Introduction: Promotoras, Hispanic community health workers, are frequently employed to promote health behavioral change with culturally bound Hispanic lifestyle behaviors. Peer health mentors have been used in schools to promote healthy nutrition and physical activity behaviors among students. This study investigates the efficacy of combining these 2 approaches by training high school health mentors, called compañeros, to engage Hispanic middle school students in a school-based obesity intervention as a strategy to promote and sustain reductions in standardized body mass index (zBMI).
Methods: High school compañeros were trained to participate in a 6-month obesity program alongside middle school students in Houston, Texas. Middle school students were randomized to participate in the program either with compañeros (n = 94) or without compañeros (n = 95). The intervention was conducted from 2013 through 2016 in 3 cohorts of students, 1 each school year. Students were followed for 12 months. The primary outcome was zBMI, which was analyzed at baseline, 6 months, and 12 months.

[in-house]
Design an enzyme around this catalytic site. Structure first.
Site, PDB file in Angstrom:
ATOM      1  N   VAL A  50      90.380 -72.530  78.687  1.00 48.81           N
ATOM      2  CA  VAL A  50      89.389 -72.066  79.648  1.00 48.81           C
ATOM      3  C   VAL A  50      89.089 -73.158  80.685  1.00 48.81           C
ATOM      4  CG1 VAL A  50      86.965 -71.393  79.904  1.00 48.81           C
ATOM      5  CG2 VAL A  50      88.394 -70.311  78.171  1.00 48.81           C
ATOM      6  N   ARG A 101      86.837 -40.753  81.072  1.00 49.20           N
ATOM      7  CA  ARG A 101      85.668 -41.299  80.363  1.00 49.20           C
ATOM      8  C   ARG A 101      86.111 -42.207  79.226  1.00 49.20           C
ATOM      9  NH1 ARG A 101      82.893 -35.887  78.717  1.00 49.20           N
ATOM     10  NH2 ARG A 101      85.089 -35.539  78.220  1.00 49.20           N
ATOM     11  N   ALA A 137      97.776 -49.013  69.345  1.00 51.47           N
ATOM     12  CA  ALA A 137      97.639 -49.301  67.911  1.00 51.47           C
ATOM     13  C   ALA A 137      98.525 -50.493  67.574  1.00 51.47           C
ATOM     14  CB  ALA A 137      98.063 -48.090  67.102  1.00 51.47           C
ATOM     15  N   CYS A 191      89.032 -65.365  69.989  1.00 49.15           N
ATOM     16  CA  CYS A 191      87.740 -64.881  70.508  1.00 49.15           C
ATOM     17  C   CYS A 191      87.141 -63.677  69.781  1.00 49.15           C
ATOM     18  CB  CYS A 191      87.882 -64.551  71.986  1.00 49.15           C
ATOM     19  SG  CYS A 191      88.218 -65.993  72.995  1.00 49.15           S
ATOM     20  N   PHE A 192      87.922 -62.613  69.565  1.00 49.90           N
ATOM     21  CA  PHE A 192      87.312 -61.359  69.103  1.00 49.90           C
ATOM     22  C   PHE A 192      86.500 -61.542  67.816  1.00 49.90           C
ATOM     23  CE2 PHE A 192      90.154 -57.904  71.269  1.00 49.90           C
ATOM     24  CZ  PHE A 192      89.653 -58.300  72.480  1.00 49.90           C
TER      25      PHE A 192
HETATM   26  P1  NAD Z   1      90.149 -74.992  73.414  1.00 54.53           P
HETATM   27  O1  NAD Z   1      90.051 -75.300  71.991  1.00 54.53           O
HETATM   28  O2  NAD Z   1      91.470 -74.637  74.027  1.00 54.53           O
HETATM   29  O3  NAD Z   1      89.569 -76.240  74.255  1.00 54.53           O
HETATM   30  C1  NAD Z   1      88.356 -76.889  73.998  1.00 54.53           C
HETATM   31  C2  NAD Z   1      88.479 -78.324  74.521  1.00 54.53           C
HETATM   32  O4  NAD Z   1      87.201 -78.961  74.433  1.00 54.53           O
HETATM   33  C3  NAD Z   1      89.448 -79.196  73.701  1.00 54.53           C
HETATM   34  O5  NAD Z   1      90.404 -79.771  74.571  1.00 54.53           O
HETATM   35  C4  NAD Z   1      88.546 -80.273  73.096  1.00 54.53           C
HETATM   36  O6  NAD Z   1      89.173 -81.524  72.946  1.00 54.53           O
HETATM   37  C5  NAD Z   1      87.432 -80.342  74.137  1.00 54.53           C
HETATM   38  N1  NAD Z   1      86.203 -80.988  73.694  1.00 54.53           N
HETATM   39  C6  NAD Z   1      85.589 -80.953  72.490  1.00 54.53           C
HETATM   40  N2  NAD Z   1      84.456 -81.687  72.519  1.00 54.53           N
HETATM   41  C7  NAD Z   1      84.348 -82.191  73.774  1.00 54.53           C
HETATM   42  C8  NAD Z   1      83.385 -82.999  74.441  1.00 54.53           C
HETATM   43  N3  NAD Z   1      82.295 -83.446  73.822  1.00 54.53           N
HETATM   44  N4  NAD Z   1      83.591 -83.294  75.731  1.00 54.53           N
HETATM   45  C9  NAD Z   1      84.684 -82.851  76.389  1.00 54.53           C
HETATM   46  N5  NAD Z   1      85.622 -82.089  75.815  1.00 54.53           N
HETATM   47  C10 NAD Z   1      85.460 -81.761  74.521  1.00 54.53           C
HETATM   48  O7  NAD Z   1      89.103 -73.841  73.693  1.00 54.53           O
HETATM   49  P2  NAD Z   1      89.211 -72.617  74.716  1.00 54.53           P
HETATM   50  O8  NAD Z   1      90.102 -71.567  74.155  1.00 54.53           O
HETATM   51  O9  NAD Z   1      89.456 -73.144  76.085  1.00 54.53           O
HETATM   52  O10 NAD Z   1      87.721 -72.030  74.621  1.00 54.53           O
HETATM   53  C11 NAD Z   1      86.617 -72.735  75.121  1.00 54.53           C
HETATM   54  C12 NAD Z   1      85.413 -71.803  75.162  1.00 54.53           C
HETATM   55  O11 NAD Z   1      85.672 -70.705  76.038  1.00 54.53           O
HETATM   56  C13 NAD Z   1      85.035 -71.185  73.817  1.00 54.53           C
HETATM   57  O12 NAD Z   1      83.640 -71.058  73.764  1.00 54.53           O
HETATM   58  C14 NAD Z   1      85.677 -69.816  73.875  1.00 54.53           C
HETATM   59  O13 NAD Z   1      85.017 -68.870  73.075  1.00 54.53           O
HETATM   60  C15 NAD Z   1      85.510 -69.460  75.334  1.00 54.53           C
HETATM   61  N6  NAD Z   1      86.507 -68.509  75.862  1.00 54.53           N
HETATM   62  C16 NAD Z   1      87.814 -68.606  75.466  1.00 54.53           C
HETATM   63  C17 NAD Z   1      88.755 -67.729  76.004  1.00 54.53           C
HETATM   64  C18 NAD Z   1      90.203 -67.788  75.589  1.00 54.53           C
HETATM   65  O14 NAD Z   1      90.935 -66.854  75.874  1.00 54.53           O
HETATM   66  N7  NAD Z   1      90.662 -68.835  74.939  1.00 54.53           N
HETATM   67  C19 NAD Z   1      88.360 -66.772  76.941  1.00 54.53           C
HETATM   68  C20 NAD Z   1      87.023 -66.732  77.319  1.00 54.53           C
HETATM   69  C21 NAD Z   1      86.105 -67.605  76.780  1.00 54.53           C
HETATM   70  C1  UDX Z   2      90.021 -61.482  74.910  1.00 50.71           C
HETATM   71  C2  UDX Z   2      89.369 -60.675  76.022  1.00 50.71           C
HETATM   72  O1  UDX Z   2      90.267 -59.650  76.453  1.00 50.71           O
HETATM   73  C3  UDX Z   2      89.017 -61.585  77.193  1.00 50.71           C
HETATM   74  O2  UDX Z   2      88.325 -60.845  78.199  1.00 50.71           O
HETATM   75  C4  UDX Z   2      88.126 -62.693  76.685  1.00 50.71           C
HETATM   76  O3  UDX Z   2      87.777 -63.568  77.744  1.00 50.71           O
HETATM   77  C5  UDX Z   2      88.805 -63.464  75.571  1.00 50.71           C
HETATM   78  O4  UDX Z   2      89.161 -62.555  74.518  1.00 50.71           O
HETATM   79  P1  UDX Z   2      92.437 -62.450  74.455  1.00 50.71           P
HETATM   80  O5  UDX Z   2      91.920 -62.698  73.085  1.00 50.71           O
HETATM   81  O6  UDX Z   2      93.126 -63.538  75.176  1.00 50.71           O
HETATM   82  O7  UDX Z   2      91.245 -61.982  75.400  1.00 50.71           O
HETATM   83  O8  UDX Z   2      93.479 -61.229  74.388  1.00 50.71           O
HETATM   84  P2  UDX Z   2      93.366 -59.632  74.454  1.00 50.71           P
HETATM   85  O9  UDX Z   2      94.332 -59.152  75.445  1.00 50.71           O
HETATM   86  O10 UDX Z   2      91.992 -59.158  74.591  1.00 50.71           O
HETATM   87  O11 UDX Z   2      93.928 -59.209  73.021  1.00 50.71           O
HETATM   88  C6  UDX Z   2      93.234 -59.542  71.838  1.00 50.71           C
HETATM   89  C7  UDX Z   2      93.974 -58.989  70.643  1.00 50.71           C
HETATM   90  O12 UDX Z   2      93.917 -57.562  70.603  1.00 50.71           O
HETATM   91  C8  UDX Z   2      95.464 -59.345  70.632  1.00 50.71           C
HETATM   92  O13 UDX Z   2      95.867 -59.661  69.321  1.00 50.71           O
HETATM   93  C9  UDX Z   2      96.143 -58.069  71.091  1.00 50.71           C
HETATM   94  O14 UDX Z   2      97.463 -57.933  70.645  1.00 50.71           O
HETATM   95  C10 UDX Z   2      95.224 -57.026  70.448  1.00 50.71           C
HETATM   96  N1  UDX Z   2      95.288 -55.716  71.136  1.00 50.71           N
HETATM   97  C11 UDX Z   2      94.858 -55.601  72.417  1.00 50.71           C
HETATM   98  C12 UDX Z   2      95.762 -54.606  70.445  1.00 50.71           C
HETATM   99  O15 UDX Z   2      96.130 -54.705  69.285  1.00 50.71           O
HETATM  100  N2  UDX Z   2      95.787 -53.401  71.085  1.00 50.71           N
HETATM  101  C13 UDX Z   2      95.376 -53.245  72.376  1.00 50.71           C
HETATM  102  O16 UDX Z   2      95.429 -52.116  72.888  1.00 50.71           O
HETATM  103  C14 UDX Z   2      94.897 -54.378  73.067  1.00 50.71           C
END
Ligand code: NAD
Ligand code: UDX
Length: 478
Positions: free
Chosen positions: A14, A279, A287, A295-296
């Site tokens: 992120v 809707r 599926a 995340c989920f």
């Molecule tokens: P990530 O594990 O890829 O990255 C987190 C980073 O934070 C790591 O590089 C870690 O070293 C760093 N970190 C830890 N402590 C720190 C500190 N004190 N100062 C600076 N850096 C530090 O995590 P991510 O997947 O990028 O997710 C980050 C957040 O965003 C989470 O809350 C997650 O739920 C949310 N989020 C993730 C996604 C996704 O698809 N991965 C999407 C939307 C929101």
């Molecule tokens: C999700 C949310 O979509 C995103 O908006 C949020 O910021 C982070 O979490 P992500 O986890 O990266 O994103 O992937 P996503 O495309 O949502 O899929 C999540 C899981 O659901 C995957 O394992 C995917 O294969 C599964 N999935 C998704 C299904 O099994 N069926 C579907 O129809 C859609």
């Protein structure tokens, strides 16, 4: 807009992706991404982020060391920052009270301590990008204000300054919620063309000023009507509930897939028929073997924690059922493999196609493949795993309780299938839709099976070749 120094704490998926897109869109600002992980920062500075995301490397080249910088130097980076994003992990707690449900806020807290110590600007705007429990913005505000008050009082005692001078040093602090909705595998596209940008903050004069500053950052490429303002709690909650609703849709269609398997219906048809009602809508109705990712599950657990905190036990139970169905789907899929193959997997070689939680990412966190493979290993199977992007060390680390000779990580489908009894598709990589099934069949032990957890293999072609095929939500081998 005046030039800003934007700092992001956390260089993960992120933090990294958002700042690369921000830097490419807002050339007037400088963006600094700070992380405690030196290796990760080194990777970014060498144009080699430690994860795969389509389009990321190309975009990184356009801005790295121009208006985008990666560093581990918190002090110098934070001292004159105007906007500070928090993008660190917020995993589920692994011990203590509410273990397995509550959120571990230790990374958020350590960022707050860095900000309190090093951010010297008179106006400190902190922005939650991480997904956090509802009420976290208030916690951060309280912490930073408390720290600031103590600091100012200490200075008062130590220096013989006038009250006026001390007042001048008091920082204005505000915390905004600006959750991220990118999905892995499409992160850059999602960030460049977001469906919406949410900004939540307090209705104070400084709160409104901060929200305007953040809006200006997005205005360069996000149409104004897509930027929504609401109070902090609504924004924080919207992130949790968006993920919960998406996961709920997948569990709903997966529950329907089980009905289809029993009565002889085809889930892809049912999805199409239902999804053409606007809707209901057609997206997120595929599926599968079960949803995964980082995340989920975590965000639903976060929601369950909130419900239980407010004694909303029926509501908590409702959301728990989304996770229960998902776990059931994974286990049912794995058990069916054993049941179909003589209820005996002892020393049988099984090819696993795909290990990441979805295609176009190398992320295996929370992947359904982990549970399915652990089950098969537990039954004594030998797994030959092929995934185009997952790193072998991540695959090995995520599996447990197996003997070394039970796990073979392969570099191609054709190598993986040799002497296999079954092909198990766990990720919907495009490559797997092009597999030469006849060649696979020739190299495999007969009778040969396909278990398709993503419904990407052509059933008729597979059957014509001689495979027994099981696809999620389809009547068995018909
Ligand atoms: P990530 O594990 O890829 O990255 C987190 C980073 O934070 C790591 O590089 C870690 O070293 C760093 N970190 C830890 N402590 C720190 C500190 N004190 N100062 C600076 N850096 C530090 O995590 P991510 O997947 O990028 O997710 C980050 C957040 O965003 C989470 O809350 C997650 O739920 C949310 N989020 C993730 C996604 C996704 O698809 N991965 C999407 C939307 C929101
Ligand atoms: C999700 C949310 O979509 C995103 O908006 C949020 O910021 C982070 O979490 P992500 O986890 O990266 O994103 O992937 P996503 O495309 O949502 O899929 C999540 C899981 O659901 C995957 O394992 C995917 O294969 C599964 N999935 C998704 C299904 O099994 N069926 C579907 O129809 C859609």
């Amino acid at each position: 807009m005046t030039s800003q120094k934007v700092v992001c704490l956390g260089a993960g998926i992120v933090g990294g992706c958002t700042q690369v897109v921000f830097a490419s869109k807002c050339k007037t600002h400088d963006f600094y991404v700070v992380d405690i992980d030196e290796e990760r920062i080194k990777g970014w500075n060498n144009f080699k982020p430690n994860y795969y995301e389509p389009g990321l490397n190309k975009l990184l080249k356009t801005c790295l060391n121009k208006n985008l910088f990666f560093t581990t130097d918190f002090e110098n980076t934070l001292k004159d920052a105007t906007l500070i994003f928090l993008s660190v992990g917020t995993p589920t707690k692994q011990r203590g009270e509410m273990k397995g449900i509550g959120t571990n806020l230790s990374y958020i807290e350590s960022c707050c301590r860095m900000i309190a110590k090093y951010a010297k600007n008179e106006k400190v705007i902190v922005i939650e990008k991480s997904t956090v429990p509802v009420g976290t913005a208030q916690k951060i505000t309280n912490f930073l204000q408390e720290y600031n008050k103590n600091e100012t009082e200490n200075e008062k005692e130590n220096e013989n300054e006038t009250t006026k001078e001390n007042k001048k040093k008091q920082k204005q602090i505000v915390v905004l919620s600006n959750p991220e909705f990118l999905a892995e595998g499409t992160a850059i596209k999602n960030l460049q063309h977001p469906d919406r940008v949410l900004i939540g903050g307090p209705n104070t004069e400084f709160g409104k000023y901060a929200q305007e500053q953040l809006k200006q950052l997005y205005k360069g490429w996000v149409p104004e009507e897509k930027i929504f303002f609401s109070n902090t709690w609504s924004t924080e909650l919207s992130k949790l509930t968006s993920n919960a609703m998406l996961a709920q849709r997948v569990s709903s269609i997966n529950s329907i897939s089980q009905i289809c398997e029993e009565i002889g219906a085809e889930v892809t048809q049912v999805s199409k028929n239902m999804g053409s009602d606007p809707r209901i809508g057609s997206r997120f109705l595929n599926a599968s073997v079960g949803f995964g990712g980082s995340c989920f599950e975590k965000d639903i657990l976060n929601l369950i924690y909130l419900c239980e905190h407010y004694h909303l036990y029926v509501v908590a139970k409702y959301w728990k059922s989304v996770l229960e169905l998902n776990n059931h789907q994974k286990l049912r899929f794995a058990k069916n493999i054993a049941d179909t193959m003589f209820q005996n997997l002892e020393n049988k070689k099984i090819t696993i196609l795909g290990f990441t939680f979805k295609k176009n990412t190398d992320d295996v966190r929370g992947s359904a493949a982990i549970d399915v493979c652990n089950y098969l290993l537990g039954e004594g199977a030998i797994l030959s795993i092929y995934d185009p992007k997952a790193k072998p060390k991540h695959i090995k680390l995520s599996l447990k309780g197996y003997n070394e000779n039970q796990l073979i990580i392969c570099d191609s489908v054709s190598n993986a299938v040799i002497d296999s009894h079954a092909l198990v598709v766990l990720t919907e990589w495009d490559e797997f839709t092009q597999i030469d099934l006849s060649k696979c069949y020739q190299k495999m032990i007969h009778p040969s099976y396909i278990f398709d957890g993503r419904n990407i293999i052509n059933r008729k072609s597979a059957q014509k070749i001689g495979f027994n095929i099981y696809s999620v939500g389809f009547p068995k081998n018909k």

Results: Significant differences were found between conditions across time (F = 4.58, P = .01). After the 6-month intervention, students in the condition with compañeros had a larger decrease in zBMI (F = 6.94, P = .01) than students in the condition without compañeros. Furthermore, students who received the intervention with compañeros showed greater sustained results at 12 months (F = 7.65, P = .01).
Conclusion: Using high school compañeros in an obesity intervention for Hispanic middle school students could be effective in promoting and maintaining reductions in zBMI.